Page:United States Statutes at Large Volume 115 Part 1.djvu/319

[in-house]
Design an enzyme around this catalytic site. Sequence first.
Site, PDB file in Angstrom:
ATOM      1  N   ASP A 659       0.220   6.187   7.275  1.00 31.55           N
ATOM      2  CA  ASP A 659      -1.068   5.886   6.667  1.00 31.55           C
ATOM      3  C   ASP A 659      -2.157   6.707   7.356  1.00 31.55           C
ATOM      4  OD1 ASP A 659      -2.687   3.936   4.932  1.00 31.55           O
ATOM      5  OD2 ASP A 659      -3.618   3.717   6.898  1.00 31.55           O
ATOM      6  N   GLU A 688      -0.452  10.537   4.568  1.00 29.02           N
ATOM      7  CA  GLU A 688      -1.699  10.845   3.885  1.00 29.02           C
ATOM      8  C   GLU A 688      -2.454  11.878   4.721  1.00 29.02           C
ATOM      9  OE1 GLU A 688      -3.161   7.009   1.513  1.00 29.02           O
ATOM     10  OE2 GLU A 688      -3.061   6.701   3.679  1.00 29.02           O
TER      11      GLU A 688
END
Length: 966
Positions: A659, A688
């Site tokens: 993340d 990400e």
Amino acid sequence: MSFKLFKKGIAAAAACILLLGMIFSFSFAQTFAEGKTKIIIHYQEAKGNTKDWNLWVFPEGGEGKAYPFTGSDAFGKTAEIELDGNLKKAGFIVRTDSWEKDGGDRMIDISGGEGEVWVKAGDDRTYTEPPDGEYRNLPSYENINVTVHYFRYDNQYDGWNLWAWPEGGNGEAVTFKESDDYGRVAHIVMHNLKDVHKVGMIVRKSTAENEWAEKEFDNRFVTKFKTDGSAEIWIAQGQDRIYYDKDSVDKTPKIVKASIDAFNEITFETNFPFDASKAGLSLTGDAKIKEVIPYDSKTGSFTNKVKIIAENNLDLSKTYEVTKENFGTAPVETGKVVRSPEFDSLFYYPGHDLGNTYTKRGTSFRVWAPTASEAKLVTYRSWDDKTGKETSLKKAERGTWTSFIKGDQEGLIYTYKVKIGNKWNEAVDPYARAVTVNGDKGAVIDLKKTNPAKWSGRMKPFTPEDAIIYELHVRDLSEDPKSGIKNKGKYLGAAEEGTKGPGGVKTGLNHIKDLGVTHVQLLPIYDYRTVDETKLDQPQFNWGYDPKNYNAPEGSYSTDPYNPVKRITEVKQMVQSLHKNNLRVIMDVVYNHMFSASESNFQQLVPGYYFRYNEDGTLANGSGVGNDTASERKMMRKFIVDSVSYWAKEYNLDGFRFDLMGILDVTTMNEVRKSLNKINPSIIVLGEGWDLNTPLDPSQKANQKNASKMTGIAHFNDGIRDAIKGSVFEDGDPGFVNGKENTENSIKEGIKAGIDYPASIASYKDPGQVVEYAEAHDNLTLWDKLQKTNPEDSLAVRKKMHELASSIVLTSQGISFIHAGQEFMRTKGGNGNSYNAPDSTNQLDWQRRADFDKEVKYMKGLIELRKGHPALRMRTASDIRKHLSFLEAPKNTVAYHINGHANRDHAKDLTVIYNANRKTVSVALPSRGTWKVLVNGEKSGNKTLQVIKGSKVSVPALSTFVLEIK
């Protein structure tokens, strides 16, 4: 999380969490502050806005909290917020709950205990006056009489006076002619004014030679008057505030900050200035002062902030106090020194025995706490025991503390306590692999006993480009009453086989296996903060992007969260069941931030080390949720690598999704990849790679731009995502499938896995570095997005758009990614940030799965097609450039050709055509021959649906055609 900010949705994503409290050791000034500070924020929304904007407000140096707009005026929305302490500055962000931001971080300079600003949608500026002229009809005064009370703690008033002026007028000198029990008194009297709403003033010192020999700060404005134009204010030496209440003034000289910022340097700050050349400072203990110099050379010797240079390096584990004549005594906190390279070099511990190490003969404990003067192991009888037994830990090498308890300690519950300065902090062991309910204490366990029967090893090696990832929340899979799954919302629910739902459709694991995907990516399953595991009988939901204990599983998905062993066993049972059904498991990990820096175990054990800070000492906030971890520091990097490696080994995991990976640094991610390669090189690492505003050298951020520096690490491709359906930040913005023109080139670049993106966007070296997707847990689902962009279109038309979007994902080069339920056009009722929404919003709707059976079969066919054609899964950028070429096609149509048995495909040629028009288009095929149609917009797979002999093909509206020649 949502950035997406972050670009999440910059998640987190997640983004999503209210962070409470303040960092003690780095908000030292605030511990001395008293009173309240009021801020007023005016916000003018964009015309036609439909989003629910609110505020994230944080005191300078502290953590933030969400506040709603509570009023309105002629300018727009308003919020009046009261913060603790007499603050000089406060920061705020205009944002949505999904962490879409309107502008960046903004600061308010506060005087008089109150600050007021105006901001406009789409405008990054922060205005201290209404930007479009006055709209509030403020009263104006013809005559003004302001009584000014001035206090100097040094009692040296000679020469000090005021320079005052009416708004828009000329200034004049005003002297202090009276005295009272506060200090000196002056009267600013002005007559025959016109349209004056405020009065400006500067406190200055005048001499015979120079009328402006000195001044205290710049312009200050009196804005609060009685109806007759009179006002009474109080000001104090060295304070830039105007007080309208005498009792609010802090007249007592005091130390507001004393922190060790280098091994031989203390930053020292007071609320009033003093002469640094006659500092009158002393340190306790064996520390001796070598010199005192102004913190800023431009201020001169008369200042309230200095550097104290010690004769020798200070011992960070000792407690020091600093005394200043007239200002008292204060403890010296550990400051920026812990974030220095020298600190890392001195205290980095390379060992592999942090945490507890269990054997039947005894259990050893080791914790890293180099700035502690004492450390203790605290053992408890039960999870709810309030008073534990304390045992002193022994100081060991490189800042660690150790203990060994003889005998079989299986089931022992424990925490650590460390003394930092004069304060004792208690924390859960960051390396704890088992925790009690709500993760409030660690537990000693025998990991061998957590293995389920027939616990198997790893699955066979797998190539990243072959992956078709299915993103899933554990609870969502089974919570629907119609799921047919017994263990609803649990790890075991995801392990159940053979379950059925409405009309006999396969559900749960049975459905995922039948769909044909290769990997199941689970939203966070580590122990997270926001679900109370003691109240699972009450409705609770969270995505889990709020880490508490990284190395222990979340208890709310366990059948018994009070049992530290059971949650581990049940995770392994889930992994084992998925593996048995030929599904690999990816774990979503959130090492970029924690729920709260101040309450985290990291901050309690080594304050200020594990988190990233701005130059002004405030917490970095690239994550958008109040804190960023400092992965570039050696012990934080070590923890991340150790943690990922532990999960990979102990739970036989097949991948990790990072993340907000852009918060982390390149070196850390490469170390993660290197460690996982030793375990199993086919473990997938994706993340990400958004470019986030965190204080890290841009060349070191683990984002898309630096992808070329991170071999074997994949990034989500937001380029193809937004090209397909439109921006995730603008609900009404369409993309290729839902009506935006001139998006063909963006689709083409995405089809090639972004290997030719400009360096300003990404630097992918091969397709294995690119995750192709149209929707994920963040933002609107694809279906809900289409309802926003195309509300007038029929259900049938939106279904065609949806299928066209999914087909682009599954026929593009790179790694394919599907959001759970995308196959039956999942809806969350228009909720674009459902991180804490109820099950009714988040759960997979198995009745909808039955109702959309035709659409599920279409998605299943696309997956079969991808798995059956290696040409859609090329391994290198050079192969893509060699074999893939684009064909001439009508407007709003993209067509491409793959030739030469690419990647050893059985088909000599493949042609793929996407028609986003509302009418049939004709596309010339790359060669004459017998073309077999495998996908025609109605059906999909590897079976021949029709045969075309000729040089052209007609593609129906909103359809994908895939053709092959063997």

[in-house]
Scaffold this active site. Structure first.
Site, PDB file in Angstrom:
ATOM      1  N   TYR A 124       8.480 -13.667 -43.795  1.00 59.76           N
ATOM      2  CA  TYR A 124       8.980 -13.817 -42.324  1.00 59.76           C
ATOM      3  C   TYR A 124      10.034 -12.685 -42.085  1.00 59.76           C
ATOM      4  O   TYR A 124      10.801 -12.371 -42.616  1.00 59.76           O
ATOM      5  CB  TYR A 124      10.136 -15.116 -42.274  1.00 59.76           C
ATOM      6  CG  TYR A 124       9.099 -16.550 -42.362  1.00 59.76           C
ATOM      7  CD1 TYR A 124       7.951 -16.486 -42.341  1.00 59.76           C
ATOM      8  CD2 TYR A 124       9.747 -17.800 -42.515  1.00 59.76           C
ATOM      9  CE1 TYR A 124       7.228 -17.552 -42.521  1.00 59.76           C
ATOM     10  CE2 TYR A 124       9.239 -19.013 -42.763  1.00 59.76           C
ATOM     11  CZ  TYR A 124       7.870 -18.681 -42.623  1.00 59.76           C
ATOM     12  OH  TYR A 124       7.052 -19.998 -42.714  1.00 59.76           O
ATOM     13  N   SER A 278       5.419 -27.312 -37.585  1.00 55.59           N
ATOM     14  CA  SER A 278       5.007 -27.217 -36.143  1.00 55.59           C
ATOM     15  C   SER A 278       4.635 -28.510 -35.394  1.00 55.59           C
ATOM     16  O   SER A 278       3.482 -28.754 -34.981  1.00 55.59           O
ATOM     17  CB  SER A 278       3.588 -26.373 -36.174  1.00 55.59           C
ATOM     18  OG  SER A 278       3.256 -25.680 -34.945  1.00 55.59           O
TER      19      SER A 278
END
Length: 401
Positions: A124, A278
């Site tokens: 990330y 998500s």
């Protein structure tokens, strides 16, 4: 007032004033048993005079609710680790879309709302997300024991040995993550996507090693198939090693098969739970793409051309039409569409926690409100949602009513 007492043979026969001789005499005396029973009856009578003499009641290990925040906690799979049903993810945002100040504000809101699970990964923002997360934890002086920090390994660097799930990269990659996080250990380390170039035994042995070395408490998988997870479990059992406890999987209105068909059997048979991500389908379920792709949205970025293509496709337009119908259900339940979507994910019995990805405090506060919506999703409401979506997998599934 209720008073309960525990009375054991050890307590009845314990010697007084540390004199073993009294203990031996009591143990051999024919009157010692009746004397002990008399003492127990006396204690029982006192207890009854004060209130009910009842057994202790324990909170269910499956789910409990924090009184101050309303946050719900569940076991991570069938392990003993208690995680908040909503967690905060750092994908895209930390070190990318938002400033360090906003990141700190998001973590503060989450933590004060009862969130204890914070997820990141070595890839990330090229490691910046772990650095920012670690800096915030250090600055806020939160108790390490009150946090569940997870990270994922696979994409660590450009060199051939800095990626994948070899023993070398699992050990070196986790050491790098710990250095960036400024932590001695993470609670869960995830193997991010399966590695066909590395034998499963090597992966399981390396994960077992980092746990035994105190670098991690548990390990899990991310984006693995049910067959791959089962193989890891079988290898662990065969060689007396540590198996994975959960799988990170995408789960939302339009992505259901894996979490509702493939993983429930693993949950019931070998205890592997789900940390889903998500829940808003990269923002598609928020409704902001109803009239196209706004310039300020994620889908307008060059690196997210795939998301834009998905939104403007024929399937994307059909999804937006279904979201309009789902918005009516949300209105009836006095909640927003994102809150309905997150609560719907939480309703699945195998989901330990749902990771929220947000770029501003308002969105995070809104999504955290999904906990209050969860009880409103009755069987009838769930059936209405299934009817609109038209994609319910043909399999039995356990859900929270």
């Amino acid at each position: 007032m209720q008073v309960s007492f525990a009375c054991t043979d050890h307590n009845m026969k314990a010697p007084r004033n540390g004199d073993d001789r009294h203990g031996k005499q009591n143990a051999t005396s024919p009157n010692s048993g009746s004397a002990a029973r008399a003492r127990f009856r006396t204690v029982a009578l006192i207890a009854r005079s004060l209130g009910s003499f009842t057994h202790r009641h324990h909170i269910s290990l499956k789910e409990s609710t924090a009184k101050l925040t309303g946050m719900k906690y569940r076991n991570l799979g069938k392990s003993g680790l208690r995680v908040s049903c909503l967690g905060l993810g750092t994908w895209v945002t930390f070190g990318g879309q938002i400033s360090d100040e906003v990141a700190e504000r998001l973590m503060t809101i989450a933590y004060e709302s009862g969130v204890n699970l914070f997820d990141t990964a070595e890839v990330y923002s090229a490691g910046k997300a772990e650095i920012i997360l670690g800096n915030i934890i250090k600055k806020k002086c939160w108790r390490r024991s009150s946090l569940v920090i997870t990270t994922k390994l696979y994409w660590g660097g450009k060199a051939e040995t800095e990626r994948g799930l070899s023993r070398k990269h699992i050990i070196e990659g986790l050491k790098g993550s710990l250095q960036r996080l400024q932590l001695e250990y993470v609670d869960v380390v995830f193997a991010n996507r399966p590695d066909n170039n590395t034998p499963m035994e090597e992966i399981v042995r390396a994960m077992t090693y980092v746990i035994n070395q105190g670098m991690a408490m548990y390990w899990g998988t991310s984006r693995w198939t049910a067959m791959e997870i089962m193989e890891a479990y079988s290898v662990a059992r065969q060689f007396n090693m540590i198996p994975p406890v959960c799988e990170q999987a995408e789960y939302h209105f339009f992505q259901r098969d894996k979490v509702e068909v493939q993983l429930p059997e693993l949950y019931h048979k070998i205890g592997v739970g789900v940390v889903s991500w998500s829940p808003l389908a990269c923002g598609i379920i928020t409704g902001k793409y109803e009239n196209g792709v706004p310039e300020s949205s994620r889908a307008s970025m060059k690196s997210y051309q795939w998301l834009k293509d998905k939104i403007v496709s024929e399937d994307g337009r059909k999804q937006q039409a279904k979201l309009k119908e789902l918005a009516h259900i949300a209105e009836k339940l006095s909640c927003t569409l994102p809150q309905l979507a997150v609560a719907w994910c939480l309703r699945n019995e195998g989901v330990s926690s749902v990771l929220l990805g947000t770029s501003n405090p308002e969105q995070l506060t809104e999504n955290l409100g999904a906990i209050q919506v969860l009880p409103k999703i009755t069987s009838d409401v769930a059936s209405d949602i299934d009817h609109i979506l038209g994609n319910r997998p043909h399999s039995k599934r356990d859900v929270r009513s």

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PUBLIC LAW 107-56—OCT. 26, 2001 115 STAT. 297 (8) United States anti-money laundering efforts are impeded by outmoded and inadequate statutory provisions that make investigations, prosecutions, and forfeitures more dif- ficult, particularly in cases in which money laundering involves foreign persons, foreign banks, or foreign countries; (9) the ability to mount effective counter-measures to international money launderers requires national, as well as bilateral and multilateral action, using tools specially designed for that effort; and (10) the Basle Committee on Banking Regulation and Supervisory Practices and the Financial Action Task Force on Money Laundering, of both of which the United States is a member, have each adopted international anti-money laundering principles and recommendations. (b) PURPOSES. — The purposes of this title are— (1) to increase the strength of United States measures to prevent, detect, and prosecute international money laundering and the financing of terrorism; (2) to ensure that— (A) banking transactions and financial relationships and the conduct of such transactions and relationships, do not contravene the purposes of subchapter II of chapter 53 of title 31, United States Code, section 21 of the Federal Deposit Insurance Act, or chapter 2 of title I of Public Law 91-508 (84 Stat. 1116), or facilitate the evasion of any such provision; and (B) the purposes of such provisions of law continue to be fulfilled, and such provisions of law are effectively and efficiently administered; (3) to strengthen the provisions put into place by the Money Laundering Control Act of 1986 (18 U.S.C. 981 note), especially with respect to crimes by non-United States nationals and foreign financial institutions; (4) to provide a clear national mandate for subjecting to special scrutiny those foreign jurisdictions, financial institutions operating outside of the United States, and classes of international transactions or types of accounts that pose particular, identifiable opportunities for criminal abuse; (5) to provide the Secretary of the Treasury (in this title referred to as the "Secretary") with broad discretion, subject to the safeguards provided by the Administrative Procedure Act under title 5, United States Code, to take measures tailored to the particular money laundering problems presented by specific foreign jurisdictions, financial institutions operating outside of the United States, and classes of international transactions or types of accounts; (6) to ensure that the employment of such measures by the Secretary permits appropriate opportunity for comment by affected financial institutions; (7) to provide guidance to domestic financial institutions on particular foreign jurisdictions, financial institutions operating outside of the United States, and classes of international transactions that are of primary money laundering concern to the United States Government; (8) to ensure that the forfeiture of any assets in connection with the anti-terrorist efforts of the United States permits